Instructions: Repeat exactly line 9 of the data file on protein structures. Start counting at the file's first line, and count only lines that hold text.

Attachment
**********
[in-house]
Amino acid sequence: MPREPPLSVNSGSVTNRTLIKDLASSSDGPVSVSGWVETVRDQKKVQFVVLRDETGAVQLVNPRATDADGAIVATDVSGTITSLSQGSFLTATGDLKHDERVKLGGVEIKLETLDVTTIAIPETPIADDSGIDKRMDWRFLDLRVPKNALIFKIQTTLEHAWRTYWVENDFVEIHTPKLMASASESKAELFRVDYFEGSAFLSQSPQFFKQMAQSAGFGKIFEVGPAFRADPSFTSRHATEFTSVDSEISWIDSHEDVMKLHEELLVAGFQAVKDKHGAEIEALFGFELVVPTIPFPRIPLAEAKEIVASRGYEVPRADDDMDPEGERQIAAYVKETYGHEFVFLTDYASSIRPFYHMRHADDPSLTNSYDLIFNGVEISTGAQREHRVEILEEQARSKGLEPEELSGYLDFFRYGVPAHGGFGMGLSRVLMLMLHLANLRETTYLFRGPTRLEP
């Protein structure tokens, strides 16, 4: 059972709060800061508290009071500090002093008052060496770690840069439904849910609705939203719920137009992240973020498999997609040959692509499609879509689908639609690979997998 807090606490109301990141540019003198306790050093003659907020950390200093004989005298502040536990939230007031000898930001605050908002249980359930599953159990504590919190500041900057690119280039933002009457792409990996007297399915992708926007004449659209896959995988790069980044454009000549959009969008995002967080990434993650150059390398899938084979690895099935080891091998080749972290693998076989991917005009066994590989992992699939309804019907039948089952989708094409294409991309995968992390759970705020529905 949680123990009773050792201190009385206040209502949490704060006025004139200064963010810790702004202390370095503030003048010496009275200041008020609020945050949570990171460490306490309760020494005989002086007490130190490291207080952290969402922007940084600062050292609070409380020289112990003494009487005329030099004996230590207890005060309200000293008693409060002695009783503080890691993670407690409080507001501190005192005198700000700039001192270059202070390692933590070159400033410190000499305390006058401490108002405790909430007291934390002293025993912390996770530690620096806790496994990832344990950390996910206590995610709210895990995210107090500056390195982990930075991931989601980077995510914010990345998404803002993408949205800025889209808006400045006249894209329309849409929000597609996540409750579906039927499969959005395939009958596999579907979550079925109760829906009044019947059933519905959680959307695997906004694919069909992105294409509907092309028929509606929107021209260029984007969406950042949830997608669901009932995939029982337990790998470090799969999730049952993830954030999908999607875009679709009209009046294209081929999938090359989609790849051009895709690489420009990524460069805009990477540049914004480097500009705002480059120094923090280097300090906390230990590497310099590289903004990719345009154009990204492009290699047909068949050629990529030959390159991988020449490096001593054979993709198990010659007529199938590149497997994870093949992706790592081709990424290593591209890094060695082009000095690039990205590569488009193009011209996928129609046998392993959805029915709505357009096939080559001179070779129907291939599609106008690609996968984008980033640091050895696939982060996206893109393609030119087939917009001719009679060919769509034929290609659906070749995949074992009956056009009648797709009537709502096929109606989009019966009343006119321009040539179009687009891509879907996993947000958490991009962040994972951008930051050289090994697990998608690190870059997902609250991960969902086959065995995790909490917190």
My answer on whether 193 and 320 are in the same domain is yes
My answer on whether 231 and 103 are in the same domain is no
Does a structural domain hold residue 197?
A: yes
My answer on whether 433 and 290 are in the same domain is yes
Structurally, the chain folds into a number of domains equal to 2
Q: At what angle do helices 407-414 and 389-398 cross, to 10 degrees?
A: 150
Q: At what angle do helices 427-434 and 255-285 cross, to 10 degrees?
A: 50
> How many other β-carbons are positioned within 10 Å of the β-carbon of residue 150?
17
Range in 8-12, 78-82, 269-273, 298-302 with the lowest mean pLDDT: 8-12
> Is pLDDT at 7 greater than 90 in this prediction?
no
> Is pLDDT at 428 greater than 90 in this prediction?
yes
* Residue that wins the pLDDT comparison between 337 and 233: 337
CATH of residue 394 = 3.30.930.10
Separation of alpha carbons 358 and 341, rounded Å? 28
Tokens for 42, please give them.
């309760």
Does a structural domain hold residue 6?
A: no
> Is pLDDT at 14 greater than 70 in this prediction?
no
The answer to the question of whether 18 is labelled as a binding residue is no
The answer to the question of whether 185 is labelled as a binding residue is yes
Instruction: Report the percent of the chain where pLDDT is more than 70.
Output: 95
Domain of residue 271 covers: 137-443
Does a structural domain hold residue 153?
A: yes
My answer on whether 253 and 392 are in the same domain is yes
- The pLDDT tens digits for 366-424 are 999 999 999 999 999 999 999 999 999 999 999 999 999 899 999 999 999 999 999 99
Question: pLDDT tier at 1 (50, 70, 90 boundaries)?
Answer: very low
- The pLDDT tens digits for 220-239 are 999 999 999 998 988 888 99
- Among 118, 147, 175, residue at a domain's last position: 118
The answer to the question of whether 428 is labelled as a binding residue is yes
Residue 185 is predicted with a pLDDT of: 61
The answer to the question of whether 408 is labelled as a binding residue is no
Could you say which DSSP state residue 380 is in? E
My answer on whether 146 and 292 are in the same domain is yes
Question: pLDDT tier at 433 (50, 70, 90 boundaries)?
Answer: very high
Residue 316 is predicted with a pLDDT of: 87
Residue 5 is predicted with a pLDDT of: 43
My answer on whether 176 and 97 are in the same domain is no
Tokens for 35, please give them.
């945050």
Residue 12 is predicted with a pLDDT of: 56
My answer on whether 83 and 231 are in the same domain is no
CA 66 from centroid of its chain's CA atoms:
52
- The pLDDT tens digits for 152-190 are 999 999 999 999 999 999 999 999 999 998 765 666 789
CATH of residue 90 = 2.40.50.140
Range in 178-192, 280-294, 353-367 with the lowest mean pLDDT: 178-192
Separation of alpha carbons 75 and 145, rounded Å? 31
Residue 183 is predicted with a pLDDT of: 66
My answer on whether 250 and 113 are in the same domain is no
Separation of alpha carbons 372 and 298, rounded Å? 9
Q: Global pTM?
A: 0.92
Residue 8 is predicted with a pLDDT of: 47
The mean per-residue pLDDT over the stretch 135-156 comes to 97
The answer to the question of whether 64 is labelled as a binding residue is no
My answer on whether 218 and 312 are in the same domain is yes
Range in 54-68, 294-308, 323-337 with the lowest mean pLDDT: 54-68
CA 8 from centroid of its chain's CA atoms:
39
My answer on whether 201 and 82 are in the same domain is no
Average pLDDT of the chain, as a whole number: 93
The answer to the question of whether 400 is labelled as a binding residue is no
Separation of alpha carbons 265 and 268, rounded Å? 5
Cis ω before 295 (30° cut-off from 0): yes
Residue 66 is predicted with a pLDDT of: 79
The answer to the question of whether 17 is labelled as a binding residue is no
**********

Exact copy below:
Structurally, the chain folds into a number of domains equal to 2